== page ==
This kind of economic thinking has become so pervasive, so wrapped up in the political system, so much in service of powerful self interests, that we all wriggle on its hook. We are compliant because we have bought in to some of the lies that the system has sold to us- perhaps the biggest one is this one- Trickle down theory.

In a nu­tshell, trickle-down theory is based on the premise that within an economy, giving tax cutsto the top earners makes them more likely to earn more. Top earners invest that extra money in productive economic activities or spend more of their time at the high-paying trade they do best (whether that be creating inventions or performing heart surgeries). Either way, these activities will be productive, reinvigorate economic growth and, in the end, generate more tax revenue from these earners and the people they’ve helped. According to the theory, this boost in growth will ultimately help those in lower income brackets as well.

So, the argument is, if we have lots of rich people, and they are encouraged to become super rich, then our country, and our economy, will benefit- right down to the roots.

This analysis does not regard the wealth of the few as contingent upon the poverty of many- in this country and even more crucially in the poor countries around the world whose raw materials and cheap labour we are entirely dependent upon.

It also does not conform with the facts, as the rich get richer, and the poor get poorer.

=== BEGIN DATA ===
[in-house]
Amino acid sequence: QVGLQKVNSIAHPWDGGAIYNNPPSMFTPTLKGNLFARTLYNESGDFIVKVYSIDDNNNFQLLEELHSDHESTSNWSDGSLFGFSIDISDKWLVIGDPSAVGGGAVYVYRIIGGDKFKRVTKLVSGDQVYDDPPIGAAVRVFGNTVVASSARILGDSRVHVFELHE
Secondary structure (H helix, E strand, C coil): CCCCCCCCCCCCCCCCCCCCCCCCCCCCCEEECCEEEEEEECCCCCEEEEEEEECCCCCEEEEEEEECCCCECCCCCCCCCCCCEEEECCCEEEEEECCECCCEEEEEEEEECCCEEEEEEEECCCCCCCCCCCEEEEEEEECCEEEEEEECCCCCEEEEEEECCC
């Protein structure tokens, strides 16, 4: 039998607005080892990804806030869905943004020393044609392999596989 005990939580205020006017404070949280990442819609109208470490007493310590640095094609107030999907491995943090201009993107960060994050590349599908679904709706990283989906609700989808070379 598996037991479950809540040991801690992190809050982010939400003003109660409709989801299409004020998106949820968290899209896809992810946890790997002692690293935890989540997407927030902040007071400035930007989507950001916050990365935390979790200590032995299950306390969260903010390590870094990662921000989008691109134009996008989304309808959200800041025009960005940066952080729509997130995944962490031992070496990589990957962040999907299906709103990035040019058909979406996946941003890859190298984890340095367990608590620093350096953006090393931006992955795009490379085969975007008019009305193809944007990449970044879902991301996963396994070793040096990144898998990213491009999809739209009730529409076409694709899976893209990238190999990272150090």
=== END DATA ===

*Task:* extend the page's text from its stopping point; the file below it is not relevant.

As the worlds resources are over consumed by the few and our environment continues to be damaged, perhaps beyond repair.

As austerity plans are still touted as ‘good housekeeping’, as if the UK economy could be compared to a household budget.

So, what is the alternative? Fairer, more progressive tax systems? This might be a start- but I think the problem is the system- and we are all part of the system aren’t we? It is really hard to get out of it- the mortgages, the gadgets, the foreign holidays and the dependency on technology to deliver distraction, entertainment and connection.

Where is the Kingdom of God in all of this? What are we, the agents of this Kingdom , to put our energy towards? I am convinced that we need to be engaged critics of injustice wherever we see it- particularly towards the poor and the marginalised.

And the beginning of how we can do this is to take a look at the system through a different set of lenses…

RIP Eric Hobsbawm…

Historian, marixist commentator and intellectual Eric Hobsbawm has died aged 95.

His is a name that has has stayed with me from being a student 25 years ago- someone who was prepared to look at history through the eyes of poor people. Who was prepared to analyse what have become by understanding the inequalities of power and wealth.